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 Monday, 23 December, 2002, 17:45 GMT
Venezuelan strikers face ultimatum
Striker confronts national guards on Maracaibo bridge in western Venezuela
Both sides appear entrenched after three weeks
Striking Venezuelan oil-workers have been warned to turn up for work on Monday or face the sack and even criminal charges.

Troops have also begun boarding oil tankers as the general strike paralysing President Hugo Chavez's state enters its fourth week.

President Hugo Chavez
Chavez is trying to resume oil exports by force
In a move to bring some relief in Christmas week, soldiers loyal to the populist leader are also distributing cornmeal, the staple of the country's Christmas meal, hayacas, and are driving road tankers to supply petrol stations.

But food supplies in those shops which are open are dwindling and many restaurants and cinemas have shut down in support of the strike in Caracas - a capital city looking darker this season without festive fairy lights.

The strikers, led by a coalition of businessmen and other groups opposed to Mr Chavez's avowed leftist policies, say their action will continue and any hardship over Christmas Week should be blamed on the government alone.

"The only one responsible here for us not having Christmas is you Mr Chavez," union boss Carlos Ortega said. "The only solution is your ouster."

'Sabotage'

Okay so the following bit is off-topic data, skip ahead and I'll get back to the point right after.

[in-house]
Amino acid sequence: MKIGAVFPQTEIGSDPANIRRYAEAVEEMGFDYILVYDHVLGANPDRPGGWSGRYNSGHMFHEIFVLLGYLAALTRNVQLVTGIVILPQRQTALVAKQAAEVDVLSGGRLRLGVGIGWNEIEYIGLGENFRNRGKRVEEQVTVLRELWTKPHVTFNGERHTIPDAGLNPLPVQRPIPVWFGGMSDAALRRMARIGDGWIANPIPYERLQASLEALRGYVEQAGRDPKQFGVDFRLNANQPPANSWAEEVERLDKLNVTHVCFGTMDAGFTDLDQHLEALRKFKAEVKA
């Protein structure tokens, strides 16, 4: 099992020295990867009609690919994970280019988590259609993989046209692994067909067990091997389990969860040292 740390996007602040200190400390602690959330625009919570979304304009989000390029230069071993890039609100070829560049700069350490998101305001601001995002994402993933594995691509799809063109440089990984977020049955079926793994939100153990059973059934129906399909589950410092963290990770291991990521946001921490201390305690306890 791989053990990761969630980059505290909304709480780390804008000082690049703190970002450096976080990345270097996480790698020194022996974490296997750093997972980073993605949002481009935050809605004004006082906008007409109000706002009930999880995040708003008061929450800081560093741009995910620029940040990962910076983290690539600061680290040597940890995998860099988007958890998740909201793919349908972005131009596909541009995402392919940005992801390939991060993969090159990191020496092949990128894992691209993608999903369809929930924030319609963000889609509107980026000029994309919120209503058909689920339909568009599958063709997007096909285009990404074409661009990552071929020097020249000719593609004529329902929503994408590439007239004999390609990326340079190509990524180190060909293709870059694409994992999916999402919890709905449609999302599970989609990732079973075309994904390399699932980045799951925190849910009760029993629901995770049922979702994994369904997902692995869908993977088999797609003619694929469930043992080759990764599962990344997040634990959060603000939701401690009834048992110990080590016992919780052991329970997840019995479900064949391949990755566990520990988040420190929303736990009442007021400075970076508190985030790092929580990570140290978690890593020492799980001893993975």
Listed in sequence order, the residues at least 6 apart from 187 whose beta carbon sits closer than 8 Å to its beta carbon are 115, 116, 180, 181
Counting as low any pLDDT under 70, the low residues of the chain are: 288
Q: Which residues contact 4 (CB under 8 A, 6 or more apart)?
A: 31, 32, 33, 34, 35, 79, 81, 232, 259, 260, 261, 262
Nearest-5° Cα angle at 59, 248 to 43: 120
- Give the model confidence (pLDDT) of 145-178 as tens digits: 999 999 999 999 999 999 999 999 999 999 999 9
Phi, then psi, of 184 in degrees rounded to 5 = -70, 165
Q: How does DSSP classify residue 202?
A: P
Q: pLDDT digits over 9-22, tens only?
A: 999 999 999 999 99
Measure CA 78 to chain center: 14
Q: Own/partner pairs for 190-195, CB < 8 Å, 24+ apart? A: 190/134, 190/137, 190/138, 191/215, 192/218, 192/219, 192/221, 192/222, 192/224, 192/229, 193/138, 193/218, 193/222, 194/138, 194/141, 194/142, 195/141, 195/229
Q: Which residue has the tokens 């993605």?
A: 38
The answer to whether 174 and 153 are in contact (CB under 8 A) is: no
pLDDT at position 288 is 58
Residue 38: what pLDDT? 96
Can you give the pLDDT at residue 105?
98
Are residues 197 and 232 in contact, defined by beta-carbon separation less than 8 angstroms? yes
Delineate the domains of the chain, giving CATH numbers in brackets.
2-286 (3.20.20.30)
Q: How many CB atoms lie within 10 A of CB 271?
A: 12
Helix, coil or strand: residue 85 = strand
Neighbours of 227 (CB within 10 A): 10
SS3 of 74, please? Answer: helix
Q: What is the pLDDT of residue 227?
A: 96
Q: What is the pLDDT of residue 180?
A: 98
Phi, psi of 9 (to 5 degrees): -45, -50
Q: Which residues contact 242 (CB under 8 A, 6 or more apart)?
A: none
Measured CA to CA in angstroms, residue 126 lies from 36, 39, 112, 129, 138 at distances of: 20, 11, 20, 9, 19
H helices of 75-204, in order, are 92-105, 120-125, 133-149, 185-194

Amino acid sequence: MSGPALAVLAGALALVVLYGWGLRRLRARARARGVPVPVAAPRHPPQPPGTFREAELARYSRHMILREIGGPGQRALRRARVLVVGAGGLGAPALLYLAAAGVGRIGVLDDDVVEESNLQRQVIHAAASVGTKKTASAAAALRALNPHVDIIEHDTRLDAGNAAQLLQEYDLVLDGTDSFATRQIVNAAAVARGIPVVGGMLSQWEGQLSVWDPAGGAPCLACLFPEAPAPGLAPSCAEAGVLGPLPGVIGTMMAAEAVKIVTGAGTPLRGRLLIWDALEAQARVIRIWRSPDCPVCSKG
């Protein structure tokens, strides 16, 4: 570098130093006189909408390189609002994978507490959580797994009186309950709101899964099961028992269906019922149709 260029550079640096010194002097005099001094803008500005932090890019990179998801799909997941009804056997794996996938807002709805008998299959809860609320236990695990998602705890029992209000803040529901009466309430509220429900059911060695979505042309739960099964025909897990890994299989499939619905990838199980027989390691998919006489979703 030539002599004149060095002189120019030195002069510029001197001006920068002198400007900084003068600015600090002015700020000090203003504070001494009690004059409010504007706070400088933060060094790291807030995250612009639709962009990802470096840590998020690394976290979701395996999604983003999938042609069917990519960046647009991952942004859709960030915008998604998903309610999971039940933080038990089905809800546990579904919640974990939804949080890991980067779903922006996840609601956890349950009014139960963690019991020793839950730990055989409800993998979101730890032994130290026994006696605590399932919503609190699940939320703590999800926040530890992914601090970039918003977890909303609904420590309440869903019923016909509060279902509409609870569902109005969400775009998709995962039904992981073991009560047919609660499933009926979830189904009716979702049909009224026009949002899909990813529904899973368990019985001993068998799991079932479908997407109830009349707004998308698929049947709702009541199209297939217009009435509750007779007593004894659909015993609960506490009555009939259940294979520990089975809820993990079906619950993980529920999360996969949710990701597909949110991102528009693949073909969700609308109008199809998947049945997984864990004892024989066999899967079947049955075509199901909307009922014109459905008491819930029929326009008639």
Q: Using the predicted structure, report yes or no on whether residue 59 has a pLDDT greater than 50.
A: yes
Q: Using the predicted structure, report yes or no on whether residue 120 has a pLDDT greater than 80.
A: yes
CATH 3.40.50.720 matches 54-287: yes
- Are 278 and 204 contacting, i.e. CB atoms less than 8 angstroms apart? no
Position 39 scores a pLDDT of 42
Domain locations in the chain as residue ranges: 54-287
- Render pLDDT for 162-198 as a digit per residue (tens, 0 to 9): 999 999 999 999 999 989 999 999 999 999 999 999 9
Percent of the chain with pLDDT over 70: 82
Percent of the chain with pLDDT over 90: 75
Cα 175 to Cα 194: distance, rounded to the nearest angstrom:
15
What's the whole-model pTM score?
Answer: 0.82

The president has used his security forces to keep the country functioning during the 22-day-old strike, which centres on the all-important oil export business.

Backed by a Supreme Court ruling, he went on TV at the weekend to threaten a "purge" at the strike-bound state oil company Petroleos de Venezuela (PDVSA), where he has already sacked four executives.

hayacas
Traditional Venezuelan dish made of cornmeal, meat and vegetables wrapped in banana leaves
"We have begun to recover PDVSA and we will start a cleansing in PDVSA," Mr Chavez said during his weekly television and radio show on Sunday.

"Those who don't show up for work ... will be fired," he said, insisting that the state was regaining control at the company.

Ordering the corn distribution, Mr Chavez accused the opposition of seeking to "sabotage the holiday spirit".

"They wanted to sabotage cornmeal. That was very clever of them. Without cornmeal, you can't have hayacas on Christmas," he said.

Reduced to a trickle

The national economy is reeling from the loss of oil export revenue with the price of oil now at its highest level for nearly three months.

The government is only able to maintain exports at between 5% and 10% of the usual 2.7 million barrels per day.

Reuters reports that the price of the international oil benchmark, Brent crude, jumped $1.08 to $29.42 on Monday, while US crude rose $1.13 to $31.43 - both near two-year highs.

Oil provides about 70% of Venezuela's export revenues.

Mr Chavez has confirmed that emergency measures are in place to import fuel from Brazil and Colombia.


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21 Dec 02 | Americas
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